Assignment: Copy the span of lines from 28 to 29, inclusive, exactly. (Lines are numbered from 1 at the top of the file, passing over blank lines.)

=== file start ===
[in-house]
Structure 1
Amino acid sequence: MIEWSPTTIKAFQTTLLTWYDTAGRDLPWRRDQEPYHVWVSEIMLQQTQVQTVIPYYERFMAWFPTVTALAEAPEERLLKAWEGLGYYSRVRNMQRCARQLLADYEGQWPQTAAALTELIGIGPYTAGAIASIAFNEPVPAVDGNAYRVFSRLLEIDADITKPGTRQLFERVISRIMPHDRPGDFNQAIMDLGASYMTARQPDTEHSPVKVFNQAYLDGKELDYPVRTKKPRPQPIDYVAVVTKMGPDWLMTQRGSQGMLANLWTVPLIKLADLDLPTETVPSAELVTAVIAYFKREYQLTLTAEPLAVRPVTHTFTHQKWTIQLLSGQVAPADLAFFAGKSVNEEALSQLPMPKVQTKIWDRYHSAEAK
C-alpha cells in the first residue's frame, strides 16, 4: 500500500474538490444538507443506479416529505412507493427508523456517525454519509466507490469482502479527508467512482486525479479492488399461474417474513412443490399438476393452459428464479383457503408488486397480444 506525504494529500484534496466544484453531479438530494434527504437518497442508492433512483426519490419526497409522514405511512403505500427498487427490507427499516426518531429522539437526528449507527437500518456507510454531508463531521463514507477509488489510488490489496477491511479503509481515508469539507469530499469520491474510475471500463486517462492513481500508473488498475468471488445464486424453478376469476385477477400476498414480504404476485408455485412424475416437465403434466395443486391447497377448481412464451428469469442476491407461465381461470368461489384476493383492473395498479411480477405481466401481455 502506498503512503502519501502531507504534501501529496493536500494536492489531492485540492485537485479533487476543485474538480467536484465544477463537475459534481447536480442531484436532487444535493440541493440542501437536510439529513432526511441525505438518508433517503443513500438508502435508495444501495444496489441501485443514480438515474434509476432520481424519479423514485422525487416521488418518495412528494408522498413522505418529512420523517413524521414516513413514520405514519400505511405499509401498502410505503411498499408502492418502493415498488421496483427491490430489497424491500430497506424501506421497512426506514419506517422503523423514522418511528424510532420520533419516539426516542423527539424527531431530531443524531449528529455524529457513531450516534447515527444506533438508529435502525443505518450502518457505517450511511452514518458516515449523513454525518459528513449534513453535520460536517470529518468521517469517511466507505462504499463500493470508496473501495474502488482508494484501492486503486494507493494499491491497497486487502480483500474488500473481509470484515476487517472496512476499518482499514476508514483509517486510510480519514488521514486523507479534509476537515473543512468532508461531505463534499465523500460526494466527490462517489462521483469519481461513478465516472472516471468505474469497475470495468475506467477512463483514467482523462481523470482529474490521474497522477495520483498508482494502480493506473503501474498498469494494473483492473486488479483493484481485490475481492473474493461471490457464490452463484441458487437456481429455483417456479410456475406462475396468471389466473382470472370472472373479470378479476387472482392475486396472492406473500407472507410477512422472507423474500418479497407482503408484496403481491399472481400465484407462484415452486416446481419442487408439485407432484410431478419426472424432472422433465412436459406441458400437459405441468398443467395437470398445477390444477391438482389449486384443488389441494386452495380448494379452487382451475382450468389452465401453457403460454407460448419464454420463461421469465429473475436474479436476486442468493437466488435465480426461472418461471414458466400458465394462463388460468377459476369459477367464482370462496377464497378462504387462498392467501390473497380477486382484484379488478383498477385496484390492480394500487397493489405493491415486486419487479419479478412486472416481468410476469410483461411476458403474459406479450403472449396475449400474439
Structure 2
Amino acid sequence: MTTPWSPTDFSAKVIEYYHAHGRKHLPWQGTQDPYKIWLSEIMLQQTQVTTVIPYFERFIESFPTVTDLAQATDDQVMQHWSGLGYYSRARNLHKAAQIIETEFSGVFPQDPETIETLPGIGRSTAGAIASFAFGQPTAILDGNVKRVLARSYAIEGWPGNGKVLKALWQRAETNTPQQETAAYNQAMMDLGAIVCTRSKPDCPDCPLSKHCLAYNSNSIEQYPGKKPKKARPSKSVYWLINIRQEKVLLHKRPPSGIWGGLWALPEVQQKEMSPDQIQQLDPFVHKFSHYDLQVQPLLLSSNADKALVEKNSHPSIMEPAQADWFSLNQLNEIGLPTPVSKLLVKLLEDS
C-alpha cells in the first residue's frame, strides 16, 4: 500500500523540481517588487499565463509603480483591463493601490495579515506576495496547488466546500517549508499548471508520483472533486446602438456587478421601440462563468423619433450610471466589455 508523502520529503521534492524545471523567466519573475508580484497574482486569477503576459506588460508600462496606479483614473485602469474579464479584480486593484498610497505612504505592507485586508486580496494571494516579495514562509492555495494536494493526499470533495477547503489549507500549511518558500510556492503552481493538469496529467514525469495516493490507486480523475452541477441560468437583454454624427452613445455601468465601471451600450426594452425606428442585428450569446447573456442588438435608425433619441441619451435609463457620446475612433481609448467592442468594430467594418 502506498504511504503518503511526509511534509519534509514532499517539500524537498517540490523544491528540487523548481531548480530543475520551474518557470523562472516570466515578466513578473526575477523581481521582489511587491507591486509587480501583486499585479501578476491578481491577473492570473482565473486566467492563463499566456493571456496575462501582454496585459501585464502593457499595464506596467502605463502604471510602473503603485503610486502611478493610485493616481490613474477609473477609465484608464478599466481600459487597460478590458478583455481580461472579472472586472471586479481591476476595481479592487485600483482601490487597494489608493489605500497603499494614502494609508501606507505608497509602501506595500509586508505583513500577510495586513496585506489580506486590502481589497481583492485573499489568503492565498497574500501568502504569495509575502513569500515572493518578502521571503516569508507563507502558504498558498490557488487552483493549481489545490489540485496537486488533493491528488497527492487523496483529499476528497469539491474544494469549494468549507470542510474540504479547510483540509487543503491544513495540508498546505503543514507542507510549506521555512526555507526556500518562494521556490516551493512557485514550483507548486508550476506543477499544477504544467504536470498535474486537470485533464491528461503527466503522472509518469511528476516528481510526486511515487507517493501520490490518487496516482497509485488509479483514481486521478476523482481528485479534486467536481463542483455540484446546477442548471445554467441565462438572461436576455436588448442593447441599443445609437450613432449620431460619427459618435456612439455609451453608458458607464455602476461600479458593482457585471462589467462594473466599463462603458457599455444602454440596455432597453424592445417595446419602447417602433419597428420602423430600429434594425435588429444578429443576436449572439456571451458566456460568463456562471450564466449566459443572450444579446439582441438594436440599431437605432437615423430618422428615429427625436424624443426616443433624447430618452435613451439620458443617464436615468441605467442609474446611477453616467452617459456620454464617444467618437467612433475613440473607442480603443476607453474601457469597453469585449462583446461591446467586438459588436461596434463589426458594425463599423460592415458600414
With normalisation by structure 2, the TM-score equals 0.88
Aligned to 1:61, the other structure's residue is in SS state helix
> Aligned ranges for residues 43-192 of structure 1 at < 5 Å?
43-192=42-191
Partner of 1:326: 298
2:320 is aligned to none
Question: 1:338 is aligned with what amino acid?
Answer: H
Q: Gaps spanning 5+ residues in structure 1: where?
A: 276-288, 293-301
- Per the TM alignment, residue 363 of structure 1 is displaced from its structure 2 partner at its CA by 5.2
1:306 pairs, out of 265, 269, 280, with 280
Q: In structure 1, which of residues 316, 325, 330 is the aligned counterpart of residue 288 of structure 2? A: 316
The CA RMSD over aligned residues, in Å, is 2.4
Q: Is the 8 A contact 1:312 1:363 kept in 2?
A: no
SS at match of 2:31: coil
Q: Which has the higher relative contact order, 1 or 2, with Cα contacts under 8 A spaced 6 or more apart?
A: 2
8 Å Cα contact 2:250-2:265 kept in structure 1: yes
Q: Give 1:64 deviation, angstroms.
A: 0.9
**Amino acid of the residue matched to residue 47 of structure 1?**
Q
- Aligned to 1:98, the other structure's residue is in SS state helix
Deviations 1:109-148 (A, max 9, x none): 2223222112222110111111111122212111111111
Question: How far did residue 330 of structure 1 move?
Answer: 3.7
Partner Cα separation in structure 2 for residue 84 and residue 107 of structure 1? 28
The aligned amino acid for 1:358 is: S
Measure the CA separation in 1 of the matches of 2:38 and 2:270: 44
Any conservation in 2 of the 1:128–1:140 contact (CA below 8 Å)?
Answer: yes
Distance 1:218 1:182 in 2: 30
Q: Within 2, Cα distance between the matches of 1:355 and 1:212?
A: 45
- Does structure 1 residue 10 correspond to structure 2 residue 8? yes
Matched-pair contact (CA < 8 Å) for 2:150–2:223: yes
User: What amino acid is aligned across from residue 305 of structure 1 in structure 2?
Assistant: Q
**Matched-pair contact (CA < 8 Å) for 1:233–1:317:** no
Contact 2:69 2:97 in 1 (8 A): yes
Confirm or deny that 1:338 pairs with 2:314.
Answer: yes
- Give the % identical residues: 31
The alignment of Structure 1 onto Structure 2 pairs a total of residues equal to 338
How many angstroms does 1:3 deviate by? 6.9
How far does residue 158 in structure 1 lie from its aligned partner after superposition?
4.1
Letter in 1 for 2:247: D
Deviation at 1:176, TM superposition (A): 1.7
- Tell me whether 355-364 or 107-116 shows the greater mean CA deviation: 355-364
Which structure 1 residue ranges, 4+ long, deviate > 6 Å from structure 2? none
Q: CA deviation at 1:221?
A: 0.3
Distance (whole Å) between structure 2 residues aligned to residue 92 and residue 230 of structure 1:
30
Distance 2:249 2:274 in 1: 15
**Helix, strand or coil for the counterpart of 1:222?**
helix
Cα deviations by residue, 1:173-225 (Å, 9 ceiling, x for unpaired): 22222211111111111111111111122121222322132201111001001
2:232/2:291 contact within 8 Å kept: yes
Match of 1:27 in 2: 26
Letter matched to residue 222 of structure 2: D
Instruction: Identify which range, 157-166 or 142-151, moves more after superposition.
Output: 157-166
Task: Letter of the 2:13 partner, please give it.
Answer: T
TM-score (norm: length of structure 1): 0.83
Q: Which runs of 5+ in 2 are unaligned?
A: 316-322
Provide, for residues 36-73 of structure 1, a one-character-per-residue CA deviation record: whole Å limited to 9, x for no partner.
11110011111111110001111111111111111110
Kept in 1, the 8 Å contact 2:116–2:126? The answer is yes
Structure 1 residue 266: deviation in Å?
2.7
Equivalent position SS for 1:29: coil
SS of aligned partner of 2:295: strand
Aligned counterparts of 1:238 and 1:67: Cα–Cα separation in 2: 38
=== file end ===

Q: Give 1:64 deviation, angstroms.
A: 0.9